Have you wondered why children love horror stories? Why do bedtime stories bank on exaggerated villains for sweet triumphs? Something about Malayalam writer Shihabuddin’s universe transforms the reader into a six-year-old pulling up the blanket neck high while sinking deeper onto the safety of one’s bed. Do Not Go to the Jungle seeks to measure your threshold of fear, when served poetically and grippingly up close, without any helping of hope.
Despair is always in the air. Beasts wear khaki and khaddar. Horses and foxes zip through moonlit forests fleeing men and masters. Physical spaces come alive and torment their inhabitants. There are empty railway stations and crumbling ancestral homes. Occasionally there are endearing mothers and liberated women. But mostly there are men, of all classes, a majority sport shrunken muscles and hunched shoulders; they seem to be waiting to be told what to do. Men free from dominant manliness.
His stories are compassionate critiques of power in its various manifestations. In ‘Bodheswaran’, Kaduvakodan Narayan, a scrawny artist who was tortured by the police during the emergency finds himself at crossroads when the current Circle Inspector (an admirer of his work) commissions him to do a portrait of the inspector’s grandfather. Shihabuddin doesn’t endorse karma but he takes debauchery seriously. His protagonists share the common dialect of fear. In ‘Beast’, a soon-to-become-father battles nightmares and guilt while his pregnant wife awaits the results for an ELISA test. The author has the courage to sneak poetry into his macabre stories, uncanny metaphors cohabit the same page, and dystopian imagery is his home territory. In ‘Yakshiscars’, an enlightening meditation on desire, men are drawn to a blood sucking yakshi they dread and desire at once. Pleasure is always in the territory of evil, Shihabuddin discloses.
Is fear just a bodily trait perfected over evolution to perceive threat to the existence of our race? What then about the fear of loneliness? Remember the fear of being separated from our parents in an unfamiliar place. The author adapts many of these for adults. “For a moment he saw the jungles spreading all over and human beings in tree bark garments eating raw meat. Really the fear of a modern man born in the Stone Age sent chills down his spine.”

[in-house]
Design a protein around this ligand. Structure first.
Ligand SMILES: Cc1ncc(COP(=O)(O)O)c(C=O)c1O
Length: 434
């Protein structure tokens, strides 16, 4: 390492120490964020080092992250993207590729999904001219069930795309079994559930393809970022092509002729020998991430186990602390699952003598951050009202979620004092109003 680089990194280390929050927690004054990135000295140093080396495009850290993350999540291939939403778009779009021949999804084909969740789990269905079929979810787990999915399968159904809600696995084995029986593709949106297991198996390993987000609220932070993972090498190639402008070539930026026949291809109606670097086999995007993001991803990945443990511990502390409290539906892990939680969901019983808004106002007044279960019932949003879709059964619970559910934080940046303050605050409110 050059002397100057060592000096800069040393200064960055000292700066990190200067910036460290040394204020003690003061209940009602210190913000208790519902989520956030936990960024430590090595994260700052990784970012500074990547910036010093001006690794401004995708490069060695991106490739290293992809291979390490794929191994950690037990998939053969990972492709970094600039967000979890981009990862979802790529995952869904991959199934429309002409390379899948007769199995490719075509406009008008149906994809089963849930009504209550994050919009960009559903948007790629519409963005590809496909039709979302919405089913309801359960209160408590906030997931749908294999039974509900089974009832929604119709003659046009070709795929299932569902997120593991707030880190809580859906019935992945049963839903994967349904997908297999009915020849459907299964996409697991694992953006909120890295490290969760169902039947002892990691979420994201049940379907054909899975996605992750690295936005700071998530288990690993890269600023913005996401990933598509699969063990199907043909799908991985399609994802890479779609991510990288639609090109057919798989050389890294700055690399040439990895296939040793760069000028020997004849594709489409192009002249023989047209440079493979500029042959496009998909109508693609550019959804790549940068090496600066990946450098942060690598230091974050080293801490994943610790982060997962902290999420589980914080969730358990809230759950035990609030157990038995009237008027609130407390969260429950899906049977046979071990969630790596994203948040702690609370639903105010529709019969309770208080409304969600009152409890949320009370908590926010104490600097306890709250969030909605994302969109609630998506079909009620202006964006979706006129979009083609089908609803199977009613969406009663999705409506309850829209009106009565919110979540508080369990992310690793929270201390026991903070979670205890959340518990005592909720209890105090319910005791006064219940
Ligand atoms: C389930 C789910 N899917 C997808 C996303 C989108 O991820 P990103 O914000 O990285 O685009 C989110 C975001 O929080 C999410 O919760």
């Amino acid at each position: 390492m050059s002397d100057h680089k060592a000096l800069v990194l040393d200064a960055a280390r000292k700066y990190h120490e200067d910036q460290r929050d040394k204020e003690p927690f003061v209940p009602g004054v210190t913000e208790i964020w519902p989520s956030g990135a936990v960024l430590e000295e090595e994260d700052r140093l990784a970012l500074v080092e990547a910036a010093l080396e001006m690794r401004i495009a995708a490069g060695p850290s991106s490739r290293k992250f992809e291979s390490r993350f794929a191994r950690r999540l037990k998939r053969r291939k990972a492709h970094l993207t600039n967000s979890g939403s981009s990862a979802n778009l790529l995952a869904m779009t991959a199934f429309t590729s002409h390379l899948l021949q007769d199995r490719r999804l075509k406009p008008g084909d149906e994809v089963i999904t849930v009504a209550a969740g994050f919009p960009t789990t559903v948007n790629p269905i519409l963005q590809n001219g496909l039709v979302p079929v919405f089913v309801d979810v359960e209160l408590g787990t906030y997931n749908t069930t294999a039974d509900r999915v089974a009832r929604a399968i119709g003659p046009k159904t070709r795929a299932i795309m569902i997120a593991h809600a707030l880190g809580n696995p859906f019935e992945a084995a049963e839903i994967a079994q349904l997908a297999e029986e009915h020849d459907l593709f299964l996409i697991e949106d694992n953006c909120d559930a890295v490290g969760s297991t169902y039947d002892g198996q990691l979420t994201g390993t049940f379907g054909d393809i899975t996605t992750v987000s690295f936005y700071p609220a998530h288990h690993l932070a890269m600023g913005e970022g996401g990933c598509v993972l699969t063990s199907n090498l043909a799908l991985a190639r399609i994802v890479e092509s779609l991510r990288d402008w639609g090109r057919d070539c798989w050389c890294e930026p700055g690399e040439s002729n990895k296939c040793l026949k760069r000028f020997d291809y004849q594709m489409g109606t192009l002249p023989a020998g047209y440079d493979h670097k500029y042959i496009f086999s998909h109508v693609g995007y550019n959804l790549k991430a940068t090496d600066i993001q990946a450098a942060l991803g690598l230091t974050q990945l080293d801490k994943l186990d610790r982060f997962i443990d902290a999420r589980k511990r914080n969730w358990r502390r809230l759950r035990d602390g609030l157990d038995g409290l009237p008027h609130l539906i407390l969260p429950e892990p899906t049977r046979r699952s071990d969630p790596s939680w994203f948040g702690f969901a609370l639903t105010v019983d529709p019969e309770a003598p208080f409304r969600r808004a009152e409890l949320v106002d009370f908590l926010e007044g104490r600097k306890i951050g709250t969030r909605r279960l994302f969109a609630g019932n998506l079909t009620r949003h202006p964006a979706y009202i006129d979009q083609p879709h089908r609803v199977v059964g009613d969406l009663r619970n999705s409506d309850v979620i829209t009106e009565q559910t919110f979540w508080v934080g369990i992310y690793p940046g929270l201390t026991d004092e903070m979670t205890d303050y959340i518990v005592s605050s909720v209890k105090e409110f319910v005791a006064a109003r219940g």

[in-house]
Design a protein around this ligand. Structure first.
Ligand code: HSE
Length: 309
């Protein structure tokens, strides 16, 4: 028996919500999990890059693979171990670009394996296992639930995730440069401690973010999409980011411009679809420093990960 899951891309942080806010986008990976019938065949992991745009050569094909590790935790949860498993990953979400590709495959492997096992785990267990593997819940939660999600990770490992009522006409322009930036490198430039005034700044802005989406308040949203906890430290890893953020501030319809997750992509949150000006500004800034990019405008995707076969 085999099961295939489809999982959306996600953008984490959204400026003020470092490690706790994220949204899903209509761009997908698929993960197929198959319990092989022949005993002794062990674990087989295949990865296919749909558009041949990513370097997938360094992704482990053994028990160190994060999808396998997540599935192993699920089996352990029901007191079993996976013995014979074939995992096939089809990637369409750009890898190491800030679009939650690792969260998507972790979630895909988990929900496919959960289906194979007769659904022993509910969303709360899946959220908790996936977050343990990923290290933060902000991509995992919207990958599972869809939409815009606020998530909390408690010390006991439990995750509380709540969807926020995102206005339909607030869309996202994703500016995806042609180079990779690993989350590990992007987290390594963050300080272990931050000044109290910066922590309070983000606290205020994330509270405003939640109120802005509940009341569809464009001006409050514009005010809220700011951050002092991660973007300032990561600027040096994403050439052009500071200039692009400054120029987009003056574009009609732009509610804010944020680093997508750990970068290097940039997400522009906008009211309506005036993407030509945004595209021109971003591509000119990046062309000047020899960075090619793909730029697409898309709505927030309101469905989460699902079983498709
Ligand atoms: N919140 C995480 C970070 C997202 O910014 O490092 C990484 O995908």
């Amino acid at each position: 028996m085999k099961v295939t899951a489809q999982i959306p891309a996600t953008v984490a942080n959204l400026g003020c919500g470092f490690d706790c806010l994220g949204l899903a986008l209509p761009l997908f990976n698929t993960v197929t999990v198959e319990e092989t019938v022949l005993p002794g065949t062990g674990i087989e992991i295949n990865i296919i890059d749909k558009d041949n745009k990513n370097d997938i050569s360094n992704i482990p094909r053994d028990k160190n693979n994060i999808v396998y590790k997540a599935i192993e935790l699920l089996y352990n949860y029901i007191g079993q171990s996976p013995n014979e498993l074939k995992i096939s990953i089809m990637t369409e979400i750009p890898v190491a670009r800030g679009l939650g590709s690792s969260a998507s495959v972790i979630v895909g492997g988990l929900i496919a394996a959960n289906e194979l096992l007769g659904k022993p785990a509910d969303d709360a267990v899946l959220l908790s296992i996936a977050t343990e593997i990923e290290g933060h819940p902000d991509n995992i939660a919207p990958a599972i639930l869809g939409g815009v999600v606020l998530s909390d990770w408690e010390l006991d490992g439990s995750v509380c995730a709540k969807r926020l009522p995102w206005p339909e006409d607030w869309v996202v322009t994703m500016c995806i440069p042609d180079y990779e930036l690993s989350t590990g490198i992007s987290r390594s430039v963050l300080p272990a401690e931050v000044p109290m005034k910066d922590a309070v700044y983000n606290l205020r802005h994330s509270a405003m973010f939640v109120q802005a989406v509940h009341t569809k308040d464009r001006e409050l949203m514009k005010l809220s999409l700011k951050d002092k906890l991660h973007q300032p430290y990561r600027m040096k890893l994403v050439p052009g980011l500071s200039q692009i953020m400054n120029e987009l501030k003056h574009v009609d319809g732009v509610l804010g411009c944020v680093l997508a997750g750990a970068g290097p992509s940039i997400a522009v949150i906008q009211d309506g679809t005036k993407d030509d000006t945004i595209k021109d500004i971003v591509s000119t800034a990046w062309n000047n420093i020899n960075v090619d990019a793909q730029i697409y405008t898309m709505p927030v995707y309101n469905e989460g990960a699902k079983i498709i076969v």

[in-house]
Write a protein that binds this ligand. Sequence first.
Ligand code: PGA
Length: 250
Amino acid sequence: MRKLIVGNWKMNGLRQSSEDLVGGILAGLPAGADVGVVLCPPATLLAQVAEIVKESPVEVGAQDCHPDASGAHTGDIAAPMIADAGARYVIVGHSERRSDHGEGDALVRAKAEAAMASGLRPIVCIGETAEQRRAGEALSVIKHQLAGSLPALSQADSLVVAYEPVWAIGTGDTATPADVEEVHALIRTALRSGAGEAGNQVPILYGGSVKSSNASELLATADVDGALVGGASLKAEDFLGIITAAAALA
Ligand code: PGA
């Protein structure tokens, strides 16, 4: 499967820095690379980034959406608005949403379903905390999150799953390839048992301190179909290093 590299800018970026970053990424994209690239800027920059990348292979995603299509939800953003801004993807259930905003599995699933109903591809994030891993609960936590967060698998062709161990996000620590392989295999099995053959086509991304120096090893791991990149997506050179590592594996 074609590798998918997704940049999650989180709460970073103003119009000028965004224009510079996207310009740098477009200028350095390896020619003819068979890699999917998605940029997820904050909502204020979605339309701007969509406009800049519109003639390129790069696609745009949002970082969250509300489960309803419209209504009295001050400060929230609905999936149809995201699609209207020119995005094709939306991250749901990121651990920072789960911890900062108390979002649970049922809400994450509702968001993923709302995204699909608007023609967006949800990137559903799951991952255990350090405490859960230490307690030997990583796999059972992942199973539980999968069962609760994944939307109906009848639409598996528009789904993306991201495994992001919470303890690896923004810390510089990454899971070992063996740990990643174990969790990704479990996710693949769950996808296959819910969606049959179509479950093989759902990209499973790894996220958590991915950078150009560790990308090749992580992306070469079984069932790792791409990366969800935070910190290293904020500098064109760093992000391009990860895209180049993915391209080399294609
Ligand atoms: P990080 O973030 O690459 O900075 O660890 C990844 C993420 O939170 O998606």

Shihabuddin has a handful of tormenting stories that explore the fear of being alone. In ‘History-as-maya’, the protagonist, a gulf returnee with a PhD, is hired by a septuagenarian to give him company. In exchange for a monthly sum of Rs. 6000 he clocks eight hours a day and listens to the old man brag and boast about the past.
The author sometimes offers advice: “When you feel all alone and bored, just step into a big shopping mall in town,” he writes. ‘The Fox in the Sawmill’, portrays another unlikely companionship. Fear transforms into awe as a solitary night watchman attempts to befriend a fox. In ‘All alone in this railway station’, the station master, a young man grown old before his time, is trapped in a great snare of loneliness. He spends his days waving flags, filling his lonely room with full length mirrors where he would make funny faces to amuse himself and keep darting back to his desk to write to his superiors the woes of his social exile. Who am I? The satisfaction of well-performed duty? Or the very human form of meaningless?
At this point, I wished for more: What relationship is being proposed between isolation and our collective search for meaning?
‘Winter’ tells the story of Asainarkka, who is sane for nine months in a year and insane for three. And of a village that earmarks winter with the beginning and end of one man’s madness. He writes, Madness is—“the devil who waits on the path to God,” and, “all evenings are the primal form of madness.”
To translate the rooted yet outlandish world of Shihabuddin’s stories is presumably herculean and J Devika has played her part to perfection. Through these twenty-one stories Shihabuddin explores all the permutations between fear, loneliness and madness, and weaves them into a reverie on socio-horror. Some of these stories jump tenses and don’t have a clear first person, but while you may miss a conventional structure, dystopia can go where realism cannot.
Something strange had happened in the one delirious covid week when I dipped in and out of the book; I relived fears that lay dormant. (Two episodes of sleep paralysis disorder which I had left behind for the past three years.) Ever since the pandemic, unconventional narratives have helped make sense of the new strangeness of our lives, yet, Do Not Go Into the Jungle needs to be taken like a vitamin supplement—one, perhaps two just before bedtime.